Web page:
Attorney Matthew J. Jowanna is a certified mediator for both County and Circuit Court for the State Courts of Florida. Mr. Jowanna is also a certified federal court mediator for the United States District Court for the Middle District of Florida.
You may book Mr. Jowanna as a mediator for your case using our facilities or yours, as there is no charge for travel.
Mediation is a process whereby a neutral and impartial third person acts to encourage and facilitate the resolution of a dispute without prescribing what it should be. It is an informal and non-adversarial process intended to help disputing parties reach a mutually acceptable agreement.
The role of the mediator is to reduce obstacles to communication, assist in the identification of issues and exploration of alternatives, and otherwise facilitate voluntary agreements resolving the dispute. The ultimate decision-making authority, however, rests solely with the parties.
Mediation is based on concepts of communication, negotiation, facilitation, and problem-solving that emphasize: (a) self determination; (b) the needs and interests of the parties; (c) fairness; (d) procedural flexibility; (e) confidentiality; (f) full disclosure.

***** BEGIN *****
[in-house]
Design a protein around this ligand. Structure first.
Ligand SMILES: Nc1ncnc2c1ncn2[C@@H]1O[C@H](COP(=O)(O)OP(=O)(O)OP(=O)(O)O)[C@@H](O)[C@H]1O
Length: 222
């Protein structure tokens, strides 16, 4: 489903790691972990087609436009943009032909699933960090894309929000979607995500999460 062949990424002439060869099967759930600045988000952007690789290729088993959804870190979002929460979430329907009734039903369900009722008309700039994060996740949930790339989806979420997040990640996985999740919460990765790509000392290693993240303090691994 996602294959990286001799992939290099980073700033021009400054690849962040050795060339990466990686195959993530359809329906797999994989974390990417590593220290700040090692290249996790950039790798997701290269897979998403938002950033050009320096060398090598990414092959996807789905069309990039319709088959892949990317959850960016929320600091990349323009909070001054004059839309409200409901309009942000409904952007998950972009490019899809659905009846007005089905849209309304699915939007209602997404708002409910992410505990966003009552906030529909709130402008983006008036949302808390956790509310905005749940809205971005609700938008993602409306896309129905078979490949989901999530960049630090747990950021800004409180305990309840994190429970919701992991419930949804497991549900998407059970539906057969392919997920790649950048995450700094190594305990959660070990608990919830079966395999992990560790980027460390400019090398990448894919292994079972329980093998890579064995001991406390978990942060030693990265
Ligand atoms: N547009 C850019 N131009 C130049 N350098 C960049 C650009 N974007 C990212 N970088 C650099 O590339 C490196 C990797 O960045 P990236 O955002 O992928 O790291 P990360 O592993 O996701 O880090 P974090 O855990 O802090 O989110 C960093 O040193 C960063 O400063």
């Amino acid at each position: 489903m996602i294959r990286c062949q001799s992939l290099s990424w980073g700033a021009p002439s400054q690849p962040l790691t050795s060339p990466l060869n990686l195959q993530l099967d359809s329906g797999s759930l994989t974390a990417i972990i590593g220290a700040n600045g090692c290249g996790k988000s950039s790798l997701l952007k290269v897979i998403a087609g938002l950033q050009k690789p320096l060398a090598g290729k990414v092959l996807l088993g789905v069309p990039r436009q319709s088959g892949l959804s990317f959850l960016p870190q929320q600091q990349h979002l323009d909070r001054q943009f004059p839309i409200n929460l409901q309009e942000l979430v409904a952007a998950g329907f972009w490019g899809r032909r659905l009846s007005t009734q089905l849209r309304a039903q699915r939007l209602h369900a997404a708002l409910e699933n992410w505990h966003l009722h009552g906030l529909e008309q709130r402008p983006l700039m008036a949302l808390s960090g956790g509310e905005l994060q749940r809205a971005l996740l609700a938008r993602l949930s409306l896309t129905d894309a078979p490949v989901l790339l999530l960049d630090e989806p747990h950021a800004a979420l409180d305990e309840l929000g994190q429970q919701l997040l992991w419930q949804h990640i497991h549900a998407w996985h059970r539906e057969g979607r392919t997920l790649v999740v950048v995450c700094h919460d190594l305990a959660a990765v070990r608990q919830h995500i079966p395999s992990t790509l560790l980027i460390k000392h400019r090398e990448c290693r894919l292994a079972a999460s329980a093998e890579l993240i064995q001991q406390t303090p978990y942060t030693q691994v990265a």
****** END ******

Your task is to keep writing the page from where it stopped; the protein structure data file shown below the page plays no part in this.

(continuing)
Mediator’s Responsibility to the Parties
The purpose of mediation is to provide a forum for consensual dispute resolution by the parties. It is not an adjudicatory procedure. Accordingly, a mediator’s responsibility to the parties includes honoring their right of self-determination; acting with impartiality; and avoiding coercion, improper influence, and conflicts of interest. A mediator is also responsible for maintaining an appropriate demeanor, preserving confidentiality, and promoting the awareness by the parties of the interests of non-participating persons. A mediator’s business practices should reflect fairness, integrity and impartiality.
“Persuade your neighbors to compromise whenever you can. Point out to them how the nominal winner is often a real loser — in fees, expenses, and waste of time. As a peacemaker the lawyer has a superior opportunity of being a good man. There will still be business enough.”
– July 1, 1850